13.3.3    Level 3 Monitoring/Sampling

13.4    Post-Treatment Monitoring

13.5    Sampling   

13.5.1    Sampling Issues      

13.5.2    Protective Equipment              

13.6    Sediment   

13.7    Test Methods        

13.7.1    Colourimetric Test   

13.7.2    Amperometry            

13.7.3    Immunofluorescence              

13.7.4    Flow Cytometry        

13.8    Monitoring that Requires Tank Entry               

13.9    Practical Considerations for Compliance with the D-2 Standards            

CHAPTER FOURTEEN – Deposit and Exchange Facilities            

14.1    Reception Facilities             

14.1.1    Facility to Receive/Treat Ballast Water at Port   

14.1.2    Sediment Reception Facility 

PART FIVE – Regulatory Guidance               

CHAPTER FIFTEEN – Guidance on Ballasting   

CHAPTER SIXTEEN – GloBallast          

PART SIX – Treatment Systems and Operation        

CHAPTER SEVENTEEN – Introduction to Treatment Technologies            

17.1    Ballast Water Treatment System (BWTS) Requirements            

17.2    Technical Installation Issues             

17.3    Retrofit Assistance   

17.4    The Evolution of Ballast Water Treatment Systems     

17.4.1    Ownership Changes               

17.4.2    BWMS Approvals (IMO and USCG)     

17.4.3    BWMS Upgrades     

CHAPTER EIGHTEEN – Physical Separation, Thermal, Ultraviolet and Plasma Technologies            

18.1    Physical Separation            

18.1.1    The Hydrocyclone    

18.1.2    Screen Filtration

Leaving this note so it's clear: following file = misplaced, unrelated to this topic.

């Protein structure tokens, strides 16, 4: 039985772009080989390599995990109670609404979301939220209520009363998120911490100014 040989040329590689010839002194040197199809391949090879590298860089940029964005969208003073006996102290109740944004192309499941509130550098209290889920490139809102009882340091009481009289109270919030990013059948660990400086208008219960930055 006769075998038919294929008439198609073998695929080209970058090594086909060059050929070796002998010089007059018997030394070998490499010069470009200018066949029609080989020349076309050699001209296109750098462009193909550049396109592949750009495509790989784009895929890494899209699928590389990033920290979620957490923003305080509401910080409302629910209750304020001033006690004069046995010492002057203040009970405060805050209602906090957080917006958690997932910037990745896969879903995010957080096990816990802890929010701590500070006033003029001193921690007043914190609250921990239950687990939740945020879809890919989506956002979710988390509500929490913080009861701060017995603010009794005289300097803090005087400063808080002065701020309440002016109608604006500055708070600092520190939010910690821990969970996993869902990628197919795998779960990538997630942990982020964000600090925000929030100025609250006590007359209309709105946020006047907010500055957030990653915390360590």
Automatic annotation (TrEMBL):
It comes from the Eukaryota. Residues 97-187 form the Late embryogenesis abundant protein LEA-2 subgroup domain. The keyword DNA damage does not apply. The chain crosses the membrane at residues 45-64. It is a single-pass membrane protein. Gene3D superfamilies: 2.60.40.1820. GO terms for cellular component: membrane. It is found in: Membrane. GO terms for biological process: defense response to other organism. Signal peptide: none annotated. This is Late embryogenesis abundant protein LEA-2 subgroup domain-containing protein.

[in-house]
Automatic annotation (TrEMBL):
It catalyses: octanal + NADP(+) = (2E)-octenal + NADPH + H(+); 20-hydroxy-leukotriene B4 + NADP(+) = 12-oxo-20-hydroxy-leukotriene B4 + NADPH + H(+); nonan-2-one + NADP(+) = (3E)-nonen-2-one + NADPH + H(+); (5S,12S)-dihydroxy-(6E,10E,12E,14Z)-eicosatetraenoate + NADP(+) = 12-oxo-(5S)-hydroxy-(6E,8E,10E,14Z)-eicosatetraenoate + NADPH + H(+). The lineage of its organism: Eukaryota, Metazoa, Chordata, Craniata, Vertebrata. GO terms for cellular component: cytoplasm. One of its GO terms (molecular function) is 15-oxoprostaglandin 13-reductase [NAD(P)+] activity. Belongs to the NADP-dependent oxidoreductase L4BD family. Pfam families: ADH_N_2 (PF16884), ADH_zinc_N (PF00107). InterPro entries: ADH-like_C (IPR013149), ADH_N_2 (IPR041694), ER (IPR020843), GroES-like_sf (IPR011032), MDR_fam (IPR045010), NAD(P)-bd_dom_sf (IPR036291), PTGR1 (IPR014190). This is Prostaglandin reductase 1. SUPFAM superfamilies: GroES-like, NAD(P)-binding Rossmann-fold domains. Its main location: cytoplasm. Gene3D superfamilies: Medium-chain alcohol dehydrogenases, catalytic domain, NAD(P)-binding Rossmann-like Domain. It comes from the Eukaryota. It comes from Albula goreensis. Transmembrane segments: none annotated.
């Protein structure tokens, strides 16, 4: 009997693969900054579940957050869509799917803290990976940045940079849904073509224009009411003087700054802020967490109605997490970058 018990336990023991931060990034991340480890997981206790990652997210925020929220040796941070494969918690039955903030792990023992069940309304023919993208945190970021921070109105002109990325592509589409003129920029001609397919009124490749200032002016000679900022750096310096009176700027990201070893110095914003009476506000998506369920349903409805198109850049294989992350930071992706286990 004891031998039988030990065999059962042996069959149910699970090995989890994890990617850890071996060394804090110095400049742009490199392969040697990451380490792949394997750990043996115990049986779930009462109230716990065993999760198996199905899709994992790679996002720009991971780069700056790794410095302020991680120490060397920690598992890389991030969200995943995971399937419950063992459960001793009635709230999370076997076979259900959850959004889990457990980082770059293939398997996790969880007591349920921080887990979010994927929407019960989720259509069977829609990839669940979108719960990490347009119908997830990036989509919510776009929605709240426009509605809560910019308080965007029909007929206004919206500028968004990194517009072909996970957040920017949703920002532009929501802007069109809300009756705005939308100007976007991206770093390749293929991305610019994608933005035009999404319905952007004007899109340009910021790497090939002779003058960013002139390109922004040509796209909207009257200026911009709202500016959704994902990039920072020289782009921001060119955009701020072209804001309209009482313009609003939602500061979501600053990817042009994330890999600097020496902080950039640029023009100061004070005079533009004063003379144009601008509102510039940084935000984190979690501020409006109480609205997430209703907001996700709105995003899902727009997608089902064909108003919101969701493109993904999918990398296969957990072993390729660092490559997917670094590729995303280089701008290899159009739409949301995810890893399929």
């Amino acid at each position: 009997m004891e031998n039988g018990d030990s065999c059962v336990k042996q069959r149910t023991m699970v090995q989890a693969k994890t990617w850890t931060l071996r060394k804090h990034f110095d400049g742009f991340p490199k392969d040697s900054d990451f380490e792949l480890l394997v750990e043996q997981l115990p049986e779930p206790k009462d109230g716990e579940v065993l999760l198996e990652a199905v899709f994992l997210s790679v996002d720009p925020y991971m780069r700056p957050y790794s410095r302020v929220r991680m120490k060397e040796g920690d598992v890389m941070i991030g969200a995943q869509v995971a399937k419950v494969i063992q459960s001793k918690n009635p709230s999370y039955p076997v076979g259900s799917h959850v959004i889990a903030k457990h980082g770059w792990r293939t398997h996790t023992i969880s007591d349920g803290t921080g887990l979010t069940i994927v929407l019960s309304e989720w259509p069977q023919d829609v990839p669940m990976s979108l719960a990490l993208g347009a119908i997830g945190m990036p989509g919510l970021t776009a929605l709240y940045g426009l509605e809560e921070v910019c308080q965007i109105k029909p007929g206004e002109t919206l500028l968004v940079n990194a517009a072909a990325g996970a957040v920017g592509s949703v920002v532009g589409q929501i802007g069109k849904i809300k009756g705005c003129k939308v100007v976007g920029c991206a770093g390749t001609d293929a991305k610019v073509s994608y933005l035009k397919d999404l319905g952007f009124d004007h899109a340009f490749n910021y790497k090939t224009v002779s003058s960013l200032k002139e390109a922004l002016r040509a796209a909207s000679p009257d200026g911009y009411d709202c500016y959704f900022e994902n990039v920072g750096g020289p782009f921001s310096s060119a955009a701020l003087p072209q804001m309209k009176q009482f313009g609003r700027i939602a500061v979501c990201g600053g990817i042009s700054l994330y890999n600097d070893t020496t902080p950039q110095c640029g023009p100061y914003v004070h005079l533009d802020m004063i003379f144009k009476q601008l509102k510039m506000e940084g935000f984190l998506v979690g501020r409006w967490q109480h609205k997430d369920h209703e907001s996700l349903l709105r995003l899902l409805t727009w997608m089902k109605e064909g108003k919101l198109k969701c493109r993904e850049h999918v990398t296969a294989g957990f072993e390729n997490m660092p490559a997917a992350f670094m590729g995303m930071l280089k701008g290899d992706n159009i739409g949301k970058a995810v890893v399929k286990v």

18.1.3    Disc Filtration            

18.1.4    Limitations and Advantages of Physical Separation       

18.2    Heat Treatment Technology             

18.2.1    Limitations and Advantages of Heat Treatment Technology         

18.3    Ultraviolet Radiation/Advanced Oxidation Technology               

18.3.1    Limitations and Advantages of UV Radiation Technology             

18.4    Plasma Technology

CHAPTER NINETEEN – Deoxygenation, Magnetic and Ultrasonic/Cavitation Technologies               

19.1    Deoxygenation/Supersaturation Technology

19.1.1    Limitations and Advantages of Deoxygenation Technology          

19.2    Magnetic/Electric Fields Technology               

19.3    Ultrasonic and Hydrodynamic Cavitation Technology

19.3.1    Ultrasonic Technology            

19.3.2    Hydrodynamic Cavitation Technology

CHAPTER TWENTY – Chemical, Biocide and Electrochemical Technologies         

20.1    Chemical and Biocide Technology 

20.1.1    Limitations and Advantages of Chemical and Biocide Technology             

20.1.2    Types of Biocide      

20.1.3    Oxidising Biocide Residues  

20.1.4    Sodium Hypochlorite (NaClO)              

20.1.5    Peroxygen Compounds